Earlier today, Ben posted about Starrett’s Hidden Edge utility knife. Starrett’s Hidden Edge knife is a different take on safety knives than I’ve seen, and from what I can tell, it looks to be more practical to use, despite its larger size.
But if you’re looking for a safety utility knife in a standard form factor, there are many numerous models to choose from.
I’ve been using a Stanley safety utility knife for a couple of months now. I haven’t had any issues with regular utility knives or pocket knives, but decided to keep a Stanley safety knife near the front door for opening up boxes.
I also leave the safety knife there for my wife to use. I figure she’s more inclined to use a knife to open packages than scissors if it’s easy to close.
Spring-retraction safety knives self-retract when you release the blade extension button. Push the button when you want to use the knife, use it for a task, release the button, place the knife down or away, and you’re done. You don’t have to manually retract safety knife blades, making them somewhat safer to use than regular utility knives.
If you should accidentally drop a safety knife, the blade will retract safely within the knife’s housing before it hits the floor.
My safety knife came with a rounded-tip blade, and replacements are readily available. You can also buy these blades for your regular utility knives in most cases.
Blunted safety knife blades are useful for opening packages, as they are less likely to damage carton contents. With a regular utility knife, there’s a chance that you can score or damage the contents of a box if you extend the blade too far. This is more of an issue with folding utility knives, but can still happen with retractable ones.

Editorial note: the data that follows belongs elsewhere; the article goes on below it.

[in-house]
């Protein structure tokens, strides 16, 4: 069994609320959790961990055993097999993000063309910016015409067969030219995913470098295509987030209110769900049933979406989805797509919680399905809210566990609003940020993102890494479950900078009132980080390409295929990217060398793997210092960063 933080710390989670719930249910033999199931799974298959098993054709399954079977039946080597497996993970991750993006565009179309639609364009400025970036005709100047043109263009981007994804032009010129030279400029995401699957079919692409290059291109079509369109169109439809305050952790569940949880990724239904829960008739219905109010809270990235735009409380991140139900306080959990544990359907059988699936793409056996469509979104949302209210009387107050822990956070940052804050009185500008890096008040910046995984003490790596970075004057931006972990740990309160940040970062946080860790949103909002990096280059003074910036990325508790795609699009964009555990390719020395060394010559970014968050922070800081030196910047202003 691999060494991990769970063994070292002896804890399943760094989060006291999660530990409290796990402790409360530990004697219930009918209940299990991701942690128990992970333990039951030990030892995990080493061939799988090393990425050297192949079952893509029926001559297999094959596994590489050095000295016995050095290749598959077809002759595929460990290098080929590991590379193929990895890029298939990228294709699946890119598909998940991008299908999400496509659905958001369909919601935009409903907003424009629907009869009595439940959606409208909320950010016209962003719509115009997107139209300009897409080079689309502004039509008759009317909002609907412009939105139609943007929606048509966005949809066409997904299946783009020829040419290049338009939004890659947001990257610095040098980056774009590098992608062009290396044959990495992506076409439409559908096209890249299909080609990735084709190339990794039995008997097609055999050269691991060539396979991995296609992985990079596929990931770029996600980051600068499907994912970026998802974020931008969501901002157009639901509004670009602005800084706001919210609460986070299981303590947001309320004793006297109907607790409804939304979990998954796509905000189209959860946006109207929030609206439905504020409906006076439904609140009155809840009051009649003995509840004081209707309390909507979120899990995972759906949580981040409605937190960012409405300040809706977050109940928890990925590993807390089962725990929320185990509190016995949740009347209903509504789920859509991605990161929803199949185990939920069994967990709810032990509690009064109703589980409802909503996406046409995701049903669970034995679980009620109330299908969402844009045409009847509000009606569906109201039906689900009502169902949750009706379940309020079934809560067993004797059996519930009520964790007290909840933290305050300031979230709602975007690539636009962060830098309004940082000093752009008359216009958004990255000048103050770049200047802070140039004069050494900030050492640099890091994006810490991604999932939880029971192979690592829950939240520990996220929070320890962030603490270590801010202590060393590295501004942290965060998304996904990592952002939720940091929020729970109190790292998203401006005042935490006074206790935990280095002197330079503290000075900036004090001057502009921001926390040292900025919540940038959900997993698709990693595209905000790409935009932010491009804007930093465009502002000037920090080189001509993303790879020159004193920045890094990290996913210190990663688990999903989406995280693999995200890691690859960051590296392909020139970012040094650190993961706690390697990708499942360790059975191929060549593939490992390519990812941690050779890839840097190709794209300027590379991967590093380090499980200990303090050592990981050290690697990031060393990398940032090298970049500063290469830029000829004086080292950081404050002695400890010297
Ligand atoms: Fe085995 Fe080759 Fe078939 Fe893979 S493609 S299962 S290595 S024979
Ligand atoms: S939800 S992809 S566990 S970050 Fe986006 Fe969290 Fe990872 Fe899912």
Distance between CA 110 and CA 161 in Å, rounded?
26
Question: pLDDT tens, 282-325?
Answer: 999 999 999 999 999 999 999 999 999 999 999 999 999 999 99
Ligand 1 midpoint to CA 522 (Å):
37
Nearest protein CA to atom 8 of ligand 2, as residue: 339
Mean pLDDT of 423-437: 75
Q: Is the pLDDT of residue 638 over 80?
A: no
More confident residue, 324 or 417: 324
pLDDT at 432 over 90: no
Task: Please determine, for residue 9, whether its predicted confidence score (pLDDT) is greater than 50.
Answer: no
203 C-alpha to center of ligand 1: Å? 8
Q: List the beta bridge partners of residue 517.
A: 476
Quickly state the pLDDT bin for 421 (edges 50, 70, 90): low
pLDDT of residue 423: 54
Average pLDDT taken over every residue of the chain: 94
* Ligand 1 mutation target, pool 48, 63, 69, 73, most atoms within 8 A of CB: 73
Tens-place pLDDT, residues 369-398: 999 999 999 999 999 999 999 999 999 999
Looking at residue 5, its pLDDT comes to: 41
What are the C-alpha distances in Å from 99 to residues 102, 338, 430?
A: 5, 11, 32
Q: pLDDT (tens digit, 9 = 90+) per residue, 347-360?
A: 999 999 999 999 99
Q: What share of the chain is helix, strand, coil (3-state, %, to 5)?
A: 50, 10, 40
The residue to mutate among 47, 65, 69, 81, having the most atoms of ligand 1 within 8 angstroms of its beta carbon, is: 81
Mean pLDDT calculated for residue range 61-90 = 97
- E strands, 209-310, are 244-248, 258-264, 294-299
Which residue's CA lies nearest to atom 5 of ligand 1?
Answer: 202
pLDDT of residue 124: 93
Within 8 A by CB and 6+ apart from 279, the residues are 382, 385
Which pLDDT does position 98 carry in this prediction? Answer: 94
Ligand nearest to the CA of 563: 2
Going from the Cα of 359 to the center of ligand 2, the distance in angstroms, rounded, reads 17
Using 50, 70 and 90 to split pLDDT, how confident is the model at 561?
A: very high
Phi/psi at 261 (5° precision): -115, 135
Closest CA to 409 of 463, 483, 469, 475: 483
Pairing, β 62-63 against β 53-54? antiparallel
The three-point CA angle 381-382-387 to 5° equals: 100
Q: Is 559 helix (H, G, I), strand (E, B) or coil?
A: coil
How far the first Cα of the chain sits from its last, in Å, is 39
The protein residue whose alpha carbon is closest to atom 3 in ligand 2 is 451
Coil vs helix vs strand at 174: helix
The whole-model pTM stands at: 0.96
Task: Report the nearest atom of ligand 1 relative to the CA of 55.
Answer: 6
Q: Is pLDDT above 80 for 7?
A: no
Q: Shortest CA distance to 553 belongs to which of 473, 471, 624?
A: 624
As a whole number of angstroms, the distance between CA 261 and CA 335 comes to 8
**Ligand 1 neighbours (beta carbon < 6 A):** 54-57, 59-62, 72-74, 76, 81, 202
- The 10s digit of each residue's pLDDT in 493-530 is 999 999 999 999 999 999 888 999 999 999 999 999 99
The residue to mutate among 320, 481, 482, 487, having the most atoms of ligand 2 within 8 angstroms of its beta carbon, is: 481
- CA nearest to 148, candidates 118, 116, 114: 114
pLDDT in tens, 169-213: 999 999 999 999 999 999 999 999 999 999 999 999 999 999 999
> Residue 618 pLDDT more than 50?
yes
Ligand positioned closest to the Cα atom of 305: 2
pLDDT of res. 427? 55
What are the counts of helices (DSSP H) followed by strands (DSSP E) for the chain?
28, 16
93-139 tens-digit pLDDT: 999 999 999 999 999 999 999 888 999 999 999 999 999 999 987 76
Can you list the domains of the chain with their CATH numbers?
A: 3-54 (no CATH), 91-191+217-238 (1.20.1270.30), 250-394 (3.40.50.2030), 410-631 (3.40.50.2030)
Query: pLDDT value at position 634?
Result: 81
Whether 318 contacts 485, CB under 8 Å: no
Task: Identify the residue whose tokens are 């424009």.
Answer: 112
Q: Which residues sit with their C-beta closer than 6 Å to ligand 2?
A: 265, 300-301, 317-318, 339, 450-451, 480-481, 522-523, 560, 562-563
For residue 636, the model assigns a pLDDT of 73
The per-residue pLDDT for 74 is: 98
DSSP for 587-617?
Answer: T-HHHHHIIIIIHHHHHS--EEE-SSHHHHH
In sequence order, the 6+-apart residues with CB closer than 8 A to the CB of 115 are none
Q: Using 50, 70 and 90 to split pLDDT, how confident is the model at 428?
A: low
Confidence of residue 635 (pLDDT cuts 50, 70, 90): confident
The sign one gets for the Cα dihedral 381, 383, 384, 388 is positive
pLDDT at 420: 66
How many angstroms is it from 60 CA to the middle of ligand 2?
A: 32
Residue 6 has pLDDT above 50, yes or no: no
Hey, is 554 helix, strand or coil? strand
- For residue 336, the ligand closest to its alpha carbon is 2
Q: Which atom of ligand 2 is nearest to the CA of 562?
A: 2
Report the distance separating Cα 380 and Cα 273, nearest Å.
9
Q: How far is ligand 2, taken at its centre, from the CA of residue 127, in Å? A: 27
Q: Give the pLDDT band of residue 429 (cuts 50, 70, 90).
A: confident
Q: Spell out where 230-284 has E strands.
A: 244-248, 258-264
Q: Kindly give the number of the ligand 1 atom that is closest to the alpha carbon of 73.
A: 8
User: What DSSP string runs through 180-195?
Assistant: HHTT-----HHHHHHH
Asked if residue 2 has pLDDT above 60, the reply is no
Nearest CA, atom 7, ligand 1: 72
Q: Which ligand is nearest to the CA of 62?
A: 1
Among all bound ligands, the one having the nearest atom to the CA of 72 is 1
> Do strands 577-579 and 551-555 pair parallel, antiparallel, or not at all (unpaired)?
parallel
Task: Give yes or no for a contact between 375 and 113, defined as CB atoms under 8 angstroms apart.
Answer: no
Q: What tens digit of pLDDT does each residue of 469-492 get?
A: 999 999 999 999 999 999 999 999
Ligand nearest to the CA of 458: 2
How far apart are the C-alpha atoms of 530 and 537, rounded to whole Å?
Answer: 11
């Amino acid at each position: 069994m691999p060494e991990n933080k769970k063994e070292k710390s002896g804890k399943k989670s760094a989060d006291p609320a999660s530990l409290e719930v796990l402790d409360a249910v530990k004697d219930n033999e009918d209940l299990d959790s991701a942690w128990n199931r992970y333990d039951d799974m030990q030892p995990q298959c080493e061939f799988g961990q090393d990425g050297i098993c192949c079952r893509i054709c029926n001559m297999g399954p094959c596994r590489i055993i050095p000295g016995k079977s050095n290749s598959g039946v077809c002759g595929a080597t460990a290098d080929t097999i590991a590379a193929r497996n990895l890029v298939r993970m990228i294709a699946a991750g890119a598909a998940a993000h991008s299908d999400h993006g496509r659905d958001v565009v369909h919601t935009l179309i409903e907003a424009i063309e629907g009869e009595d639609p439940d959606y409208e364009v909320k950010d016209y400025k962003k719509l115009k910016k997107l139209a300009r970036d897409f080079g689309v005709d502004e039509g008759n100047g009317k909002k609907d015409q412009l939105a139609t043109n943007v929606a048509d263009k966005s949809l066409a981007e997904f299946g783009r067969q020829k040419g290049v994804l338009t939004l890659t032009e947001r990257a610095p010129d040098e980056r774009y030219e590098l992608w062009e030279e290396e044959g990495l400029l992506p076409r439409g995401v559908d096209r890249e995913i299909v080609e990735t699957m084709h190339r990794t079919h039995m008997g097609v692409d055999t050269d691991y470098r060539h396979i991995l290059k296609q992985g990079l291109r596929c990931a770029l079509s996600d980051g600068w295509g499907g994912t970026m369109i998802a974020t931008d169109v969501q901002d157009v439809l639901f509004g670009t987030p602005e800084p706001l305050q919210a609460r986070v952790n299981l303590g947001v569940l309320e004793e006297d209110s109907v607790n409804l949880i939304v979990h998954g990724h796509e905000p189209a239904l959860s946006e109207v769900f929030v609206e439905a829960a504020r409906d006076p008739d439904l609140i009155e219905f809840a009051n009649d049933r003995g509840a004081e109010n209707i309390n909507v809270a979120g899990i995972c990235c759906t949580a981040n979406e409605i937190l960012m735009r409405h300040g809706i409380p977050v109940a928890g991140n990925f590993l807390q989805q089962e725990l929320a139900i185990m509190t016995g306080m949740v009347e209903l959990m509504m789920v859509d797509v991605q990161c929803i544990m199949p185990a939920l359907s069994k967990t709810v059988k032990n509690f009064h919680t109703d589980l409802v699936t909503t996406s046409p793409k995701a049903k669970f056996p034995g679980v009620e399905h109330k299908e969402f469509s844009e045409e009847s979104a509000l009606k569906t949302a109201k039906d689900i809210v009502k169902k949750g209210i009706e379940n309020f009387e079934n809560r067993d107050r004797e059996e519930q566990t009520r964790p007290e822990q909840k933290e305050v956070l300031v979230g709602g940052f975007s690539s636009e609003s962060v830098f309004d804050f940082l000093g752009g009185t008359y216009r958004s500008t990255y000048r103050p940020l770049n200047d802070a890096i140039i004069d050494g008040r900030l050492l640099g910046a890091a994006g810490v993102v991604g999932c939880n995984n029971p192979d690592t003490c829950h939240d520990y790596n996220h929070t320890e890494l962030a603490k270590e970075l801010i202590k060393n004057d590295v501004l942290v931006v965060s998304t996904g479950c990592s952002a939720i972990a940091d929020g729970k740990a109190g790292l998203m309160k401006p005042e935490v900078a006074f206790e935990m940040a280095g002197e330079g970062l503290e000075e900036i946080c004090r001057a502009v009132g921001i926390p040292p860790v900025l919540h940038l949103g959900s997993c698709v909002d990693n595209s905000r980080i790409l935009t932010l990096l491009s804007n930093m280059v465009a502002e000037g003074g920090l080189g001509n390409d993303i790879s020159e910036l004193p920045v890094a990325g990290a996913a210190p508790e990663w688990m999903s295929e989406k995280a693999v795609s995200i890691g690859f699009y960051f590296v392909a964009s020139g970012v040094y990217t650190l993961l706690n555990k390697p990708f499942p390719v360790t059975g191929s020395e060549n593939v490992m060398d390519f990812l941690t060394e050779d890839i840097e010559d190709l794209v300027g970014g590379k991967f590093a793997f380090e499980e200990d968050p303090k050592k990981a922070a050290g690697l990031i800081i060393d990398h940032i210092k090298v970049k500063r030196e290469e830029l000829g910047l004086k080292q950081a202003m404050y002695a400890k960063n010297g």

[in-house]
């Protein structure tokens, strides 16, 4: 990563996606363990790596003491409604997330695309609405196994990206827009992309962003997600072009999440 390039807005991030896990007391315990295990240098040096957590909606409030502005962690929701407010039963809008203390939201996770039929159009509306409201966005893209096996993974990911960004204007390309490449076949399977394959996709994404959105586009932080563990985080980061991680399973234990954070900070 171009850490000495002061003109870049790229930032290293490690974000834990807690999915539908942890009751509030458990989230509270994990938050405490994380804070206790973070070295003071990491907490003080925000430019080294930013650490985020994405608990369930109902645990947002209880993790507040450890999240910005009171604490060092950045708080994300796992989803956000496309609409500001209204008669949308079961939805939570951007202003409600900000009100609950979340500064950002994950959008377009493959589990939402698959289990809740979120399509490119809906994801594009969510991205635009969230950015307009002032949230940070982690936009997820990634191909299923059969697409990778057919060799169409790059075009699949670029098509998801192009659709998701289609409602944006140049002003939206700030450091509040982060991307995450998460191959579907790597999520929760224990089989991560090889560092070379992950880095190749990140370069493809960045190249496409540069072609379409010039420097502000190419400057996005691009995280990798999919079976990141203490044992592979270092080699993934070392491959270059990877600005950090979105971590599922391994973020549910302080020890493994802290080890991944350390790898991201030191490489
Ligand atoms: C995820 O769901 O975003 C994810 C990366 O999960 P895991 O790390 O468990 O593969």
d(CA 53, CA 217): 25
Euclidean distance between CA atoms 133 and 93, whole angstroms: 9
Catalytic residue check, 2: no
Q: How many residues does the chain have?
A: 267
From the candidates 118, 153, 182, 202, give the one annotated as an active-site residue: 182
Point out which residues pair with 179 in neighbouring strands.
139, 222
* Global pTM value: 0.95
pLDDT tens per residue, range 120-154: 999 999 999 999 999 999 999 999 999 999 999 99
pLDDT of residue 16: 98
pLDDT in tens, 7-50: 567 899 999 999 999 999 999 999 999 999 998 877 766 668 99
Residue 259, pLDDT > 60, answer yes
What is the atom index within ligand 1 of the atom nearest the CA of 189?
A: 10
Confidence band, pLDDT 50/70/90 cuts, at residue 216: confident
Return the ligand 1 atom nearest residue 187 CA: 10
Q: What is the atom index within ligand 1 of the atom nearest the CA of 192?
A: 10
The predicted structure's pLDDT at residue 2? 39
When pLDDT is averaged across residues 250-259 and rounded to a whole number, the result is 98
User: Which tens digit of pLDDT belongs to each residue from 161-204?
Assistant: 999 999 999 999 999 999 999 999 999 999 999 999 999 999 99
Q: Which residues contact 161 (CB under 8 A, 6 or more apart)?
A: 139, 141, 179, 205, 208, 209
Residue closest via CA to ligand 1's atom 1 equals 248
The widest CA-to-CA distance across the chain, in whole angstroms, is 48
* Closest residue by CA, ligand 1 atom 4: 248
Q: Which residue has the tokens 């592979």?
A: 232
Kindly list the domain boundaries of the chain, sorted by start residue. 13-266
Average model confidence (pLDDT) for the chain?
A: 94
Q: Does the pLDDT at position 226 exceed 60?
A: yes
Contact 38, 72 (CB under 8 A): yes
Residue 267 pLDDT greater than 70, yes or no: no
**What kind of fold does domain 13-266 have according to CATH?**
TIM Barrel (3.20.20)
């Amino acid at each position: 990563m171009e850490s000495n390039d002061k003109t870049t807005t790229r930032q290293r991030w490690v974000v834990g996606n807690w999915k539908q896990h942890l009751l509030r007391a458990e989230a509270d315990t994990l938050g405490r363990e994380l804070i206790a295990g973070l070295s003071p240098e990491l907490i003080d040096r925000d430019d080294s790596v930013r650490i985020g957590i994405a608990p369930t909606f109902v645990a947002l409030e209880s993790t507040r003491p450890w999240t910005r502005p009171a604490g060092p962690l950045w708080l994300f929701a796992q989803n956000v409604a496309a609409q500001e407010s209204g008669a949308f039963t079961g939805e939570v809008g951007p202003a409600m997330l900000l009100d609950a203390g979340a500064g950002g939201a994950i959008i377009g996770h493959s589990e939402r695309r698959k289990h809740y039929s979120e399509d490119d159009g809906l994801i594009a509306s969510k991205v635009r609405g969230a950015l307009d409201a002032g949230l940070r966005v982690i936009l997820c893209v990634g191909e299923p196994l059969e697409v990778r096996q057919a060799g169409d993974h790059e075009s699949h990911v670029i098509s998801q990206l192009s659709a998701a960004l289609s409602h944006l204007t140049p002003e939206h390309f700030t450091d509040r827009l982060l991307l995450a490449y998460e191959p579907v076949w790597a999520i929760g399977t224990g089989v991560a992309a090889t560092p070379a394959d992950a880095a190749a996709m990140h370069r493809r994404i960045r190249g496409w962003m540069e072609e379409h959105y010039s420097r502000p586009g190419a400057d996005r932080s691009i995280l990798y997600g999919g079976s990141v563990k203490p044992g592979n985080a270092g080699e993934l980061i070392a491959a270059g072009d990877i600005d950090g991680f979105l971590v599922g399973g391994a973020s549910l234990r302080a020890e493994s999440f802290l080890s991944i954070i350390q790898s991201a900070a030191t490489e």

Using safety knives is different, in that you MUST keep your finger on the retraction button. Otherwise, as soon as you release pressure, the blade pops back into the knife. This can make safety knives a hassle to use at times.
Starrett’s Hidden Edge knife works differently, and allows you to adjust and pre-set the blade extension length using a thumbwheel. When you hold or squeeze the two parts of the handle together, the knife deploys and stays deployed.
Regular safety knives work okay for what I use them for, but if I were required to use a safety knife in a workplace setting, I would definitely have my eye on the Starrett.
But also, if I were buying knives for others to use at a workplace setting, I would buy Stanley, Irwin, or Milwaukee safety knives, as they’re less expensive than the Starrett and easier to use without having to figure out the safety and adjustment mechanisms.
In addition to my Stanley, I also have a Milwaukee safety knife, but I haven’t a clue as to where I put it after I bought it. If I find it soon I’ll give it a quick review.
If you’re interested in a safety utility knife check your local home improvement store. In-store prices are occasionally better on these things.